It will be on the market sometime in 2020.
Would you trust Facebook with your money?
On Tuesday, Facebook confirmed it would launch a digital global currency kind of like Bitcoin, called Libra, aimed at users around the world who don’t have bank accounts.
But there’s one more reason Facebook is introducing Libra, said Wedbush analyst Michael Pachter: It’s an opportunity to get some of its over 2 billion users to shop through the platform.
“Facebook is simply making an attempt to facilitate commercial activity for its customers, and the endgame is to offer links to brands they care about,” he said.
The currency is managed by the Libra network, co-founded by several firms in both the payments and tech industries, including Facebook, eBay, Uber, Lyft, PayPal and Visa.
“Moving money around the world should be as simple and cheap as sending a text message,” reads a description on Libra’s website, noting over 1.7 billion people worldwide don’t have a bank account.
With Facebook’s huge user base, even a small portion of that audience jumping to cryptocurrency gives Libra a boost, said Pachter. “Even 1 chronicles is 20 million people. That’s enough,” he said.
Facebook also introduced a digital wallet called Calibra, which is anticipated to launch on messenger, WhatsApp and as a standalone app next year.
The wallet will at first allow users to send money to each other before eventually adding new services such as “paying bills with the push of a button, buying a cup of coffee with the scan of a code or riding your local public transit without having to carry money or a metro pass,” said Facebook in a statement.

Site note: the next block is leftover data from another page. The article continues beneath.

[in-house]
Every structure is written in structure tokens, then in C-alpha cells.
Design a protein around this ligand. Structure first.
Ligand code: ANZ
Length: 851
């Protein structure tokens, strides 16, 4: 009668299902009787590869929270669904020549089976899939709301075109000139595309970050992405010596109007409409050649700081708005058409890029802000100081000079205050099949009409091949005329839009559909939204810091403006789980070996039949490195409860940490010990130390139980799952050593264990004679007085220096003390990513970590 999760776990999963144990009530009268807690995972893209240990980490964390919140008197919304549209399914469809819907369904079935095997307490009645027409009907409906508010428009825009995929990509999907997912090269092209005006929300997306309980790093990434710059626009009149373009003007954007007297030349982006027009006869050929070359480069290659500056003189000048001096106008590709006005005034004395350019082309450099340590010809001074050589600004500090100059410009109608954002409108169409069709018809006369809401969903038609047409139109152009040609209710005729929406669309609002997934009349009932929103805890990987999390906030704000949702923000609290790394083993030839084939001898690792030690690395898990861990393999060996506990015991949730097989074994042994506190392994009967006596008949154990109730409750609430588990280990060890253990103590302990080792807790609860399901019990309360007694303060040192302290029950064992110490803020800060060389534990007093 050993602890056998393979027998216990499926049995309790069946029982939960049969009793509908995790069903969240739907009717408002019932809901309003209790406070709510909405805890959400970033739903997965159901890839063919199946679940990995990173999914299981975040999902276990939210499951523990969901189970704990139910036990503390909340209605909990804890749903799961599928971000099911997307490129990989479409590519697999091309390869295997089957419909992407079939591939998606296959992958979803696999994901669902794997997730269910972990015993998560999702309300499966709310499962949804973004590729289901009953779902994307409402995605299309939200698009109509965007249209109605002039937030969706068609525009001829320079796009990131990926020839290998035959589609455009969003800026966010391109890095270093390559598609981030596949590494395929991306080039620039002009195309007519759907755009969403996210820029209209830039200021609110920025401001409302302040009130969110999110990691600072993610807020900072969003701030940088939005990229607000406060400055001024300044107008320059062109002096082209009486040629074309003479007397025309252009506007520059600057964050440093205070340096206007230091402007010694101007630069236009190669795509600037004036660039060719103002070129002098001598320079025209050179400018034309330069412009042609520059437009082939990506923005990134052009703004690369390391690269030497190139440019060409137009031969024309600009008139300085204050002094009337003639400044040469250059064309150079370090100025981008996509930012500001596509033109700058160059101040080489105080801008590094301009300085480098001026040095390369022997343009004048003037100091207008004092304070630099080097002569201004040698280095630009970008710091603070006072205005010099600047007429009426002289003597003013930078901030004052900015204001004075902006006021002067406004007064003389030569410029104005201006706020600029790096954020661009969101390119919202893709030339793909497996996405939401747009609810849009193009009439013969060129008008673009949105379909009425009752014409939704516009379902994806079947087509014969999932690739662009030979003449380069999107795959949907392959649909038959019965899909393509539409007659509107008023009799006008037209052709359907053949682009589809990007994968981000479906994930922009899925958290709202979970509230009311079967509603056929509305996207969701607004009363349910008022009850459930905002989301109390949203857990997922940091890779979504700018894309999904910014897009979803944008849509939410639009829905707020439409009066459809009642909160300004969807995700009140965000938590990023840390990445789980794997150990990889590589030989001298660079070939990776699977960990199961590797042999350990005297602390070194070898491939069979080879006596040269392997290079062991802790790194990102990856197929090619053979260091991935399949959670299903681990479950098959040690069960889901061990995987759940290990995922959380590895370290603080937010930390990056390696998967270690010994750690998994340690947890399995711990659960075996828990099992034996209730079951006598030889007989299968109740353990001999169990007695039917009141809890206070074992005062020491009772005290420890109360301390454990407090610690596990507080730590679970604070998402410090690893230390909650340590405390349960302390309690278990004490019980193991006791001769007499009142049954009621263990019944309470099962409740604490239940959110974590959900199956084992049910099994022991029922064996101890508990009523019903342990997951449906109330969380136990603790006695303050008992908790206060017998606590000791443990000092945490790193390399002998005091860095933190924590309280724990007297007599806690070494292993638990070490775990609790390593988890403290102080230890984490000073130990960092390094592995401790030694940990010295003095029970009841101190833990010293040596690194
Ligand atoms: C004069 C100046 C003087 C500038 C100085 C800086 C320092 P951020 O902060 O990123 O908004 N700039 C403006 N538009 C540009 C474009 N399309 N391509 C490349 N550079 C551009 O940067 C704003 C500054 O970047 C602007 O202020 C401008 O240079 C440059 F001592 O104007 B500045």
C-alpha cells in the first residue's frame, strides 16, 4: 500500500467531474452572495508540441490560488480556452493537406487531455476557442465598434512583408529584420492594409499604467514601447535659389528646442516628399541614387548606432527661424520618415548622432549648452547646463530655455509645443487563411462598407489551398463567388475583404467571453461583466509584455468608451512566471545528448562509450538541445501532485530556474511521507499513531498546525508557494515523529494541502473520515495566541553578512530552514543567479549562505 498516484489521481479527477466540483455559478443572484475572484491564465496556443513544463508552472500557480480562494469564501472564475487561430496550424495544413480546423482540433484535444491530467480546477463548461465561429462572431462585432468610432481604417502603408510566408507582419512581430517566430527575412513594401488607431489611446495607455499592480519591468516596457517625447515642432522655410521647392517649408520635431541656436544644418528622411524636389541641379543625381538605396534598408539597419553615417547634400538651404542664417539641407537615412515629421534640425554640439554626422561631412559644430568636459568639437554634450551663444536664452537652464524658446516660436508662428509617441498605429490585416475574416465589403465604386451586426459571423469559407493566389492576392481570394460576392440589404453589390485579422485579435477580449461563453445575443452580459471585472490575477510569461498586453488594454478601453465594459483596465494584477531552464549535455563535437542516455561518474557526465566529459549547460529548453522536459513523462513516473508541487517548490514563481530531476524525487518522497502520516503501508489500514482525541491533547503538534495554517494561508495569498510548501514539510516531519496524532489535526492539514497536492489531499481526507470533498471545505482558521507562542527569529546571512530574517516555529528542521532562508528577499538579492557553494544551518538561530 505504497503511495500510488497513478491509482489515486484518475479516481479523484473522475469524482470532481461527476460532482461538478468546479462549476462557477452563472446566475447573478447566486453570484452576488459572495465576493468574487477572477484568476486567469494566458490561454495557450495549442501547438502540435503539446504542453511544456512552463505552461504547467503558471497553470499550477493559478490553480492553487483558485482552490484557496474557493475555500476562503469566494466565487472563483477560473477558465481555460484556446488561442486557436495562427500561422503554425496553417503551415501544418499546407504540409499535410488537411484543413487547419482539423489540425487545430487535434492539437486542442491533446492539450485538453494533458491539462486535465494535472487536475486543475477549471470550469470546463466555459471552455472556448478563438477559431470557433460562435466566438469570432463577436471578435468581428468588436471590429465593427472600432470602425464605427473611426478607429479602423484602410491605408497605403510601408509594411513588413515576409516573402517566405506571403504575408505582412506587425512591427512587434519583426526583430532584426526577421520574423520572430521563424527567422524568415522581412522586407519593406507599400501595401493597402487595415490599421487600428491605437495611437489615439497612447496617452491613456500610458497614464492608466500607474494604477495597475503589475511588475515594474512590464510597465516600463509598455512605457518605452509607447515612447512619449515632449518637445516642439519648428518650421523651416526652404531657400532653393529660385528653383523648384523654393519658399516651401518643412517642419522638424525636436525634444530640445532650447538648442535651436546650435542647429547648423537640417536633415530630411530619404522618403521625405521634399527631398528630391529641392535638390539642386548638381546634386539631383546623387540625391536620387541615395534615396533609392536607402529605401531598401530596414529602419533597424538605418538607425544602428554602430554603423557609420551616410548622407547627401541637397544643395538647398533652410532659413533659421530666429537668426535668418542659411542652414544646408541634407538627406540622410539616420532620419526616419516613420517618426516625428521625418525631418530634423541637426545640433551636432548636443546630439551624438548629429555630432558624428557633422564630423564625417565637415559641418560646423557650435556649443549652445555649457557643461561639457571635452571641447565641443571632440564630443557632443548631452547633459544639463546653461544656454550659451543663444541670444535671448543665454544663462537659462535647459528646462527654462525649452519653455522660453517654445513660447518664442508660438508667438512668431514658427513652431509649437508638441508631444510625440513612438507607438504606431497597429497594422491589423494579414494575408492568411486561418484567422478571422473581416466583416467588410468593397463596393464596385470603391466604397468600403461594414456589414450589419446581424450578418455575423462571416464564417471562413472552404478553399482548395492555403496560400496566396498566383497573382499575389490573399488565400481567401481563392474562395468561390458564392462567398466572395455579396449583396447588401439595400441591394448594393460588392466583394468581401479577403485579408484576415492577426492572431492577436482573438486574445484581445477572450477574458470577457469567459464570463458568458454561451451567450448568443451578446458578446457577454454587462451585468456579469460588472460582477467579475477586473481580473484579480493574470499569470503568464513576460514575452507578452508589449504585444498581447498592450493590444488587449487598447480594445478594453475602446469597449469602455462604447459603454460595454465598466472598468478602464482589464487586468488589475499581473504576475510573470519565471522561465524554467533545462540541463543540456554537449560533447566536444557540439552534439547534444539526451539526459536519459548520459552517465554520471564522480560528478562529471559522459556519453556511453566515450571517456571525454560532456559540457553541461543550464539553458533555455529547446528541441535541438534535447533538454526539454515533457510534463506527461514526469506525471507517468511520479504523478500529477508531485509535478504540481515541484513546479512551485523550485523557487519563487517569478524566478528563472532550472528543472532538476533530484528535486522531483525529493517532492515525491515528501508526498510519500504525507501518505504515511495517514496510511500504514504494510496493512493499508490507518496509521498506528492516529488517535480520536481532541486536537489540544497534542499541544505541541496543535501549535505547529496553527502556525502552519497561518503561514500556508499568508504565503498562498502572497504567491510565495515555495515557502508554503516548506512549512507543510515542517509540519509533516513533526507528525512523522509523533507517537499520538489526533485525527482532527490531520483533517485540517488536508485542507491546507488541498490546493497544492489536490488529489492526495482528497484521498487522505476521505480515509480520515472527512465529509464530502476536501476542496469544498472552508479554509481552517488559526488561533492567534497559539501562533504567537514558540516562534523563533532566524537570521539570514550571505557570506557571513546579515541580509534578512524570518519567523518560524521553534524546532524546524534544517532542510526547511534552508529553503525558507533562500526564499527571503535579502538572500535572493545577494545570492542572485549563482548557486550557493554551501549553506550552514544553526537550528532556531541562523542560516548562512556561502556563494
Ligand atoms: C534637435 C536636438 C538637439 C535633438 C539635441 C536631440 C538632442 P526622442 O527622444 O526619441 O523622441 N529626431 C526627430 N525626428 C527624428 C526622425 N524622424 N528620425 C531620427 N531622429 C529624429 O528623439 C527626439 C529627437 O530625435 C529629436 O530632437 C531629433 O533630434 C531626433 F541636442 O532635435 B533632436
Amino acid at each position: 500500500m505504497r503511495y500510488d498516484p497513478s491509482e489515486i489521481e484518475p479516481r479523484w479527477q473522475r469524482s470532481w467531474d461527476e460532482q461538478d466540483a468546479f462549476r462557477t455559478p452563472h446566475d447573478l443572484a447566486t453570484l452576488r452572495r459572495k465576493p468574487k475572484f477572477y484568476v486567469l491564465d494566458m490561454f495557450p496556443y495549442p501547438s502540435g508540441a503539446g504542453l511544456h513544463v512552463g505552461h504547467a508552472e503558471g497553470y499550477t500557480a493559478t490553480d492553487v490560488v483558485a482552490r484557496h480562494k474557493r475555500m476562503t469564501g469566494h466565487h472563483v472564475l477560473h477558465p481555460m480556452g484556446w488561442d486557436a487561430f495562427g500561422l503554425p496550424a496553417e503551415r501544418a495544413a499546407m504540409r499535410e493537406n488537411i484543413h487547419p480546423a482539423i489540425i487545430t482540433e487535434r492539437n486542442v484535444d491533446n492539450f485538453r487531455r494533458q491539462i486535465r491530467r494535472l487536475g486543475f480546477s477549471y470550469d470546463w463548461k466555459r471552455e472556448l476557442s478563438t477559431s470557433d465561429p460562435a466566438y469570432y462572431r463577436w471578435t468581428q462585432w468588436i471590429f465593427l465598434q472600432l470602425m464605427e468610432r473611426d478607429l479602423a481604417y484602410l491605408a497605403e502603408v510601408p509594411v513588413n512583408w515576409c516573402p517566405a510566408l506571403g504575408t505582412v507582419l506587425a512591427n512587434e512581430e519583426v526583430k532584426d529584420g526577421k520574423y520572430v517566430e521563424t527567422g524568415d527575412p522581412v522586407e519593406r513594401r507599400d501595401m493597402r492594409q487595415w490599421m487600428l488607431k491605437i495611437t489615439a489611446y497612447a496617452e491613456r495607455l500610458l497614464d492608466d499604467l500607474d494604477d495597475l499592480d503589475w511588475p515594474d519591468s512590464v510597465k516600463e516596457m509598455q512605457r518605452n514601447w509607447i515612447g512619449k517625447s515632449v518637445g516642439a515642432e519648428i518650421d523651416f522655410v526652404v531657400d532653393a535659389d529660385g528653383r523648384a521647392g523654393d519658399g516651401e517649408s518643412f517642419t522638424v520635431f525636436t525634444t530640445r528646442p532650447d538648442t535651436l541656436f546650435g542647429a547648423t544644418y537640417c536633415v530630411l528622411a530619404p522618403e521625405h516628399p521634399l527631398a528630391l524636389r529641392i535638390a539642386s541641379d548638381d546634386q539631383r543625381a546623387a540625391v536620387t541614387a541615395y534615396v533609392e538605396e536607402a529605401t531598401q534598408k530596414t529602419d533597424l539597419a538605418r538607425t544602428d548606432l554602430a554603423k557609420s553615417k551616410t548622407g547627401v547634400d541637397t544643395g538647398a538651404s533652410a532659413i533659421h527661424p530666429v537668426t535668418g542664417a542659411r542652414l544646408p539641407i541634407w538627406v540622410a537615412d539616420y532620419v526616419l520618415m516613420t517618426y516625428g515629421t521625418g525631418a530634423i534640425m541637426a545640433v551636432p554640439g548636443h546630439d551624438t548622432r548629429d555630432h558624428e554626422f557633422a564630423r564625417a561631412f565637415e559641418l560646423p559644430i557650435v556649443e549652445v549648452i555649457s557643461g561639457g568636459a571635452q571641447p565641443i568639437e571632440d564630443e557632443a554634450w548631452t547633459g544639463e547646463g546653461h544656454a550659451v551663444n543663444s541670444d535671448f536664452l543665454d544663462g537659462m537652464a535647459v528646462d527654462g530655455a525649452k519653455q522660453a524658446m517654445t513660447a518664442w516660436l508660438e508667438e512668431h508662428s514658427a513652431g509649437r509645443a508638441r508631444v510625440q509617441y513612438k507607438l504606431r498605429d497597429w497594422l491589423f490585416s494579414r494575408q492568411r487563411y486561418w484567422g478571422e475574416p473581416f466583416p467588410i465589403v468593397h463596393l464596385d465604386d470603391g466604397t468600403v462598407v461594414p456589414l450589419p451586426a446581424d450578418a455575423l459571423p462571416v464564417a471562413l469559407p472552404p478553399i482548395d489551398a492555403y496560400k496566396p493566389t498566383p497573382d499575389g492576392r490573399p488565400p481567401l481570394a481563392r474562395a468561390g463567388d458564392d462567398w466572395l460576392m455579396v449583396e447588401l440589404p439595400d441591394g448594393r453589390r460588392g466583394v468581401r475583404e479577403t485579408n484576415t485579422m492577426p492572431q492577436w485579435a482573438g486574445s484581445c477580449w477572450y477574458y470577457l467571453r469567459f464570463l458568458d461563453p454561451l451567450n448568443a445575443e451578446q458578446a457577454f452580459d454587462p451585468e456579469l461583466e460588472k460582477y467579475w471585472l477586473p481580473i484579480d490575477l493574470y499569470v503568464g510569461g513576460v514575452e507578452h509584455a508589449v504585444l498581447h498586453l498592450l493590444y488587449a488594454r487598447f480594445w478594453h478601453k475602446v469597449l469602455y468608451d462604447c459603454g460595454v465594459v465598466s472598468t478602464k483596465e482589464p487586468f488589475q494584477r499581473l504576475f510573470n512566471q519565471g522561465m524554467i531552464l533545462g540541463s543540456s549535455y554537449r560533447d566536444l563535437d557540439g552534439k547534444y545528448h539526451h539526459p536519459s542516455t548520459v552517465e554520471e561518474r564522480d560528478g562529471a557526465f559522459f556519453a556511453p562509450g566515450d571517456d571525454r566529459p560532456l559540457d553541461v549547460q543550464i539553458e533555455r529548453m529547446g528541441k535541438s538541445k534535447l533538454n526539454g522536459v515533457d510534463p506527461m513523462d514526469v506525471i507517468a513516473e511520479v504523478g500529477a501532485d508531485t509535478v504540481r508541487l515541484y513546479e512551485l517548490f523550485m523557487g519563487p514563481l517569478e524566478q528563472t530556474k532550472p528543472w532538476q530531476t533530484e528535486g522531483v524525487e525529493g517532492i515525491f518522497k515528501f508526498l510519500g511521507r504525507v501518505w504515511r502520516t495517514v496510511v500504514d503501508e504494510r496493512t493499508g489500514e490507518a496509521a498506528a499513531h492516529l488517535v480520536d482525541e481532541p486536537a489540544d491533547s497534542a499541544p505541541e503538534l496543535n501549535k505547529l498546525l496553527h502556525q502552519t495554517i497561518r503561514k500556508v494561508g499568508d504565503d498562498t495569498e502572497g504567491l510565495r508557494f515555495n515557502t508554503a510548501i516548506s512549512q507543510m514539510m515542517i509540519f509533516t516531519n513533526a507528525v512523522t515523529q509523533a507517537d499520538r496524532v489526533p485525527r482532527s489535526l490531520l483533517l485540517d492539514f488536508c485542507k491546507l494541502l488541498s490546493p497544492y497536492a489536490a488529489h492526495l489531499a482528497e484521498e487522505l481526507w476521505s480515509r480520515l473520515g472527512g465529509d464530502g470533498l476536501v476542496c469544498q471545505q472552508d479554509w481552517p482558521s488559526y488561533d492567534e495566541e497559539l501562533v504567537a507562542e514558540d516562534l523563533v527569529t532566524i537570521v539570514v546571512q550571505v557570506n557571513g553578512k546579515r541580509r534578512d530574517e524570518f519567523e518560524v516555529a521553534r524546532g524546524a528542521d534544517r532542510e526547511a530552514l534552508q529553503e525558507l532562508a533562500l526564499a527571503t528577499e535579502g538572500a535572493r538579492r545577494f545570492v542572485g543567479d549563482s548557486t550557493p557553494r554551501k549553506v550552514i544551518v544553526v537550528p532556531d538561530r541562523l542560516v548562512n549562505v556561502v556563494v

Screenshots of the app provided by Facebook show balances both in the Libra currency and converted to U.S. dollars. Facebook said the value of Libra will be pegged to a basket of established currencies such as the U.S. dollar, the euro and the yen.
Easier to buy?
Avivah Litan, distinguished research vice president for Gartner, says Libra may offer a more attractive option for Facebook users who wish to shop however don’t want to enter a credit card number.
“Basically, it’s going to be a lot easier to buy things within ads currently, as long as you sign up for it,” she said.
In its statement, Facebook said it’ll use “strong protections” to keep users’ information and money safe. “We’ll be using all the same verification and anti-fraud processes that banks and credit cards use, and we’ll have automated systems that will proactively monitor activity to detect and stop fraudulent behavior,” said the corporate.
However, Libra could magnify privacy problems such as its stewardship over user information that has landed Facebook in hot water. Last month, a co-founder of Facebook wrote a New York Times op-ed calling for a breakup of the tech giant, which chief operating officer Mark Zuckerberg has said would make its effort to resolve privacy problems harder.
Meanwhile, Litan said people concerned with Facebook’s response to privacy problems have probably left the platform, whereas the users who stay and decide to use Libra will give up even more information.
“You’ll end up with larger privacy problems going forward, frankly,” said Litan.
Another concern, according to Litan: fake ads. Lawmakers have grilled Facebook over fake Russian ads used to sow discord among Americans during the 2016 presidential elections. Litan says Facebook still has work to do to clean up bad ads on its platform. “The cryptocurrency will just magnify that issue,” said Litan. “But now you could lose your money.”